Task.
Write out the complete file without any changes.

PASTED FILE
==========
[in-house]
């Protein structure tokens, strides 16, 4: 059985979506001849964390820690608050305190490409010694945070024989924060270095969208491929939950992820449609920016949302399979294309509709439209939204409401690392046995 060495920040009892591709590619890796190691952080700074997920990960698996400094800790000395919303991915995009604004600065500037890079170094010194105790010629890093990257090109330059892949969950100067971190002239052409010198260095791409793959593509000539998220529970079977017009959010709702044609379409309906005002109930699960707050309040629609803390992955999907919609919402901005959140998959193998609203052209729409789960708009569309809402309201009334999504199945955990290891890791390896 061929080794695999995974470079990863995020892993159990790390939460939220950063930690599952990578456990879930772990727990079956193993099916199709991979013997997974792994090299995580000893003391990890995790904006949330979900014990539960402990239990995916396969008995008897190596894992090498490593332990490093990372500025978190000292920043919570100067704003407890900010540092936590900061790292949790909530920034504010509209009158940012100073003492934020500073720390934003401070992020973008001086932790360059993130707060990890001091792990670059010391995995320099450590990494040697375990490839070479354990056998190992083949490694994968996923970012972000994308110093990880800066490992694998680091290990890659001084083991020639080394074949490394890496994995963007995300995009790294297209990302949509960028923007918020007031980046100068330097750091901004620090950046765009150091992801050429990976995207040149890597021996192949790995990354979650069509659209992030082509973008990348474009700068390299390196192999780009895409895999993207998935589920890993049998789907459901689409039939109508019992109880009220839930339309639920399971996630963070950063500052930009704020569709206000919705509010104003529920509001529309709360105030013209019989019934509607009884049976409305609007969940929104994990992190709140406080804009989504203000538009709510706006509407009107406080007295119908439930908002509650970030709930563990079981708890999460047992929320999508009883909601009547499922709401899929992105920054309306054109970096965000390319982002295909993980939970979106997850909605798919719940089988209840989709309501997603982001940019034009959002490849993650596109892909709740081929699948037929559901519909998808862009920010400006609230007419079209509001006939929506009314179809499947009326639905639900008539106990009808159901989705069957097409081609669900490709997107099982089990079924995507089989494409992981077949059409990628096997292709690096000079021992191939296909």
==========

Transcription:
[in-house]
């Protein structure tokens, strides 16, 4: 059985979506001849964390820690608050305190490409010694945070024989924060270095969208491929939950992820449609920016949302399979294309509709439209939204409401690392046995 060495920040009892591709590619890796190691952080700074997920990960698996400094800790000395919303991915995009604004600065500037890079170094010194105790010629890093990257090109330059892949969950100067971190002239052409010198260095791409793959593509000539998220529970079977017009959010709702044609379409309906005002109930699960707050309040629609803390992955999907919609919402901005959140998959193998609203052209729409789960708009569309809402309201009334999504199945955990290891890791390896 061929080794695999995974470079990863995020892993159990790390939460939220950063930690599952990578456990879930772990727990079956193993099916199709991979013997997974792994090299995580000893003391990890995790904006949330979900014990539960402990239990995916396969008995008897190596894992090498490593332990490093990372500025978190000292920043919570100067704003407890900010540092936590900061790292949790909530920034504010509209009158940012100073003492934020500073720390934003401070992020973008001086932790360059993130707060990890001091792990670059010391995995320099450590990494040697375990490839070479354990056998190992083949490694994968996923970012972000994308110093990880800066490992694998680091290990890659001084083991020639080394074949490394890496994995963007995300995009790294297209990302949509960028923007918020007031980046100068330097750091901004620090950046765009150091992801050429990976995207040149890597021996192949790995990354979650069509659209992030082509973008990348474009700068390299390196192999780009895409895999993207998935589920890993049998789907459901689409039939109508019992109880009220839930339309639920399971996630963070950063500052930009704020569709206000919705509010104003529920509001529309709360105030013209019989019934509607009884049976409305609007969940929104994990992190709140406080804009989504203000538009709510706006509407009107406080007295119908439930908002509650970030709930563990079981708890999460047992929320999508009883909601009547499922709401899929992105920054309306054109970096965000390319982002295909993980939970979106997850909605798919719940089988209840989709309501997603982001940019034009959002490849993650596109892909709740081929699948037929559901519909998808862009920010400006609230007419079209509001006939929506009314179809499947009326639905639900008539106990009808159901989705069957097409081609669900490709997107099982089990079924995507089989494409992981077949059409990628096997292709690096000079021992191939296909």